By the end of this month, about 69,000 General Motors customers will use OnStar to get into their locked cars, 10,000 will use the service to call for police or an ambulance, and as many as 3 million will use OnStar to map out a route.
Yet despite the fact that the GM subsidiary is “a major profit center,” according to a senior OnStar official, it has never really lived up to its potential – until now, anyway. That’s something the company hopes to start changing with the launch of an assortment of new products and services that are being unveiled, this week, at the Consumer Electronics Show, in Las Vegas.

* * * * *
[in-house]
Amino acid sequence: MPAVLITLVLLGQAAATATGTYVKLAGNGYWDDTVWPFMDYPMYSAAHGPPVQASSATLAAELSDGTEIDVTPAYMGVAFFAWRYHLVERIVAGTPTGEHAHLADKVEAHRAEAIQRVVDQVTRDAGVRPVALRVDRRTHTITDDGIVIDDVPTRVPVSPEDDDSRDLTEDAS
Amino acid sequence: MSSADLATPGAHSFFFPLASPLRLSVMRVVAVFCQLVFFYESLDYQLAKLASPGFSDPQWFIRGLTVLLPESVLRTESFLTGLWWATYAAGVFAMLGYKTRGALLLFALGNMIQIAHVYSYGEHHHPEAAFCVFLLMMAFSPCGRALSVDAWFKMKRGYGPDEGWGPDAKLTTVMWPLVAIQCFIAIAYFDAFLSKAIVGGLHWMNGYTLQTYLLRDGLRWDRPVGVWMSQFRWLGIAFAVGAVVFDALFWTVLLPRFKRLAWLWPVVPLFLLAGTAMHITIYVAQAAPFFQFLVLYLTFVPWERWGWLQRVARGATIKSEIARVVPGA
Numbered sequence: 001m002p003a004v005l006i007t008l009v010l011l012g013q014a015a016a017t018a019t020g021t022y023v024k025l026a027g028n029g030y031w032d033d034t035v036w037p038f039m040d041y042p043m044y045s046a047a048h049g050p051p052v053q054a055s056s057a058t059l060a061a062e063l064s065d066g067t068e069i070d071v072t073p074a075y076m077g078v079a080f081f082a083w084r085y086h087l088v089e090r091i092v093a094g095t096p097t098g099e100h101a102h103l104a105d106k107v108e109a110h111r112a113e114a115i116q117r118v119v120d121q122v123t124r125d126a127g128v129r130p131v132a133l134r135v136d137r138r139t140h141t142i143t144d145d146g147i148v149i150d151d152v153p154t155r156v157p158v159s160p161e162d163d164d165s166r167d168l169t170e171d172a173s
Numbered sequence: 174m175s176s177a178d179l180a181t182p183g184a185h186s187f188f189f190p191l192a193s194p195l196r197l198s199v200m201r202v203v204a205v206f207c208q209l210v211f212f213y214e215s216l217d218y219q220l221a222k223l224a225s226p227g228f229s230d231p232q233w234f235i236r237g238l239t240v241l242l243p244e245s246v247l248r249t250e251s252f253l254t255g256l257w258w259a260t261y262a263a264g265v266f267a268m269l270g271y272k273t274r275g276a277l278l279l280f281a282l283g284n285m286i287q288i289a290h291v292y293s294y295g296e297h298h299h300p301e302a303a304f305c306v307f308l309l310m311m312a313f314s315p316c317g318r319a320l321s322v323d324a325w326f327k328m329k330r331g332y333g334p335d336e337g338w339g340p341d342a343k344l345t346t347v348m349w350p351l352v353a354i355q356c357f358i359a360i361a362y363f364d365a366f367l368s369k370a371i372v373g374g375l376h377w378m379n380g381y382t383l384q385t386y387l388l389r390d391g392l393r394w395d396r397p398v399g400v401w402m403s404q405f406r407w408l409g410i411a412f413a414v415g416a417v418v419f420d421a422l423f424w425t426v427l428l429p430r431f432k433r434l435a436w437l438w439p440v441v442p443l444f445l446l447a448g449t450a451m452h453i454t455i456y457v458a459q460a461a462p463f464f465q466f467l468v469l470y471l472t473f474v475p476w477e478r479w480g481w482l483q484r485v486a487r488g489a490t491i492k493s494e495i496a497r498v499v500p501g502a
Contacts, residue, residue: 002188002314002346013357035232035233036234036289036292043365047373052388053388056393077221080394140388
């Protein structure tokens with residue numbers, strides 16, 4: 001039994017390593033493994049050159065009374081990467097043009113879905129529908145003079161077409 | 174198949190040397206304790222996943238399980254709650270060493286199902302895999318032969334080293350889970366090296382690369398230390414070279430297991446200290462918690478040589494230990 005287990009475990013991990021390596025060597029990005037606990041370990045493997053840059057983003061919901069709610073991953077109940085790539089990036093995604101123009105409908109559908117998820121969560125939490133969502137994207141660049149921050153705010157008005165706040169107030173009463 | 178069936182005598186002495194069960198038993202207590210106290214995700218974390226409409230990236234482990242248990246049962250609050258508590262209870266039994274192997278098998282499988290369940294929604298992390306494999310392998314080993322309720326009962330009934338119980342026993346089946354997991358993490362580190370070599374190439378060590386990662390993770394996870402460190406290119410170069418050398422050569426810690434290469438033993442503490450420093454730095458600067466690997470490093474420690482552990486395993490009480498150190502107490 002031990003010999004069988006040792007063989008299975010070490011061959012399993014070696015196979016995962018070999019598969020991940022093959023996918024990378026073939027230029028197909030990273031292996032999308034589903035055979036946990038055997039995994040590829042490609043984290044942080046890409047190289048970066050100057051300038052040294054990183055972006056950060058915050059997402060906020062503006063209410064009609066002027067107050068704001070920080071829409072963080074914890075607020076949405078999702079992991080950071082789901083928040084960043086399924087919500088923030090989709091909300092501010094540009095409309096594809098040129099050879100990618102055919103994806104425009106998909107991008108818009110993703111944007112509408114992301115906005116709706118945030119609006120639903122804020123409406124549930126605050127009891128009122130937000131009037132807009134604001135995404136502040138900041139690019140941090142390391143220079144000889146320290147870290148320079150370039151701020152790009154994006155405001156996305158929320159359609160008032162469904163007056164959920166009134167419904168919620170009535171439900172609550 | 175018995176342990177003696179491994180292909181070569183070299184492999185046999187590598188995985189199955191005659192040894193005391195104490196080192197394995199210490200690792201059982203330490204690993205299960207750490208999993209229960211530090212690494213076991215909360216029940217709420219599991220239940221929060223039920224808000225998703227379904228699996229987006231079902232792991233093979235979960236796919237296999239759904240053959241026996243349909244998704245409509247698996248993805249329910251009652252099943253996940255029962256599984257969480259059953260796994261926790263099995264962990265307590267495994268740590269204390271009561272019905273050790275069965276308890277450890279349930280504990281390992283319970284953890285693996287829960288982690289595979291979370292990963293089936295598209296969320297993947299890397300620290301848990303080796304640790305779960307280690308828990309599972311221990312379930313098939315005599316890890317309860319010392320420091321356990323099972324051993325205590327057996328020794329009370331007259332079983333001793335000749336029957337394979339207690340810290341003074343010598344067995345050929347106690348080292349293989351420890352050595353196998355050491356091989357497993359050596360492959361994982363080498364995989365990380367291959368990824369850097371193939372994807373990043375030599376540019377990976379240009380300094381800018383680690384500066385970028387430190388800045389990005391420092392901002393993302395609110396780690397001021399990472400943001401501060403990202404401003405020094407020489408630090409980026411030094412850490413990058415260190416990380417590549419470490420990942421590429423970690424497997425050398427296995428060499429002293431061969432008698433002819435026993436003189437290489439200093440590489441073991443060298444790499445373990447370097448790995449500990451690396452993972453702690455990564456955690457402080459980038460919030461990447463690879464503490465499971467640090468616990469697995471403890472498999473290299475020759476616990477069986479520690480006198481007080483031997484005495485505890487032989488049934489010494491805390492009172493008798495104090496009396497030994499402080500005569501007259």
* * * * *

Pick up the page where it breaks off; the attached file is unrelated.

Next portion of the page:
While OnStar makes plenty of money, and already has six million subscribers, “We need more growth,” acknowledges the subsidiary’s President Chris Preuss, who says he sees “substantial opportunities” to pitch OnStar services to those who aren’t buying a new General Motors car, truck or crossover.
During a CES preview, Preuss unveiled a new OnStar rearview mirror that offers Automatic Crash Response, Turn-by-Turn Navigation, Stolen Vehicle Location Assistance, one-button access to emergency and roadside services, and Bluetooth hands-free calling. To show the versatility of the new system, it was previewed on a Toyota Camry.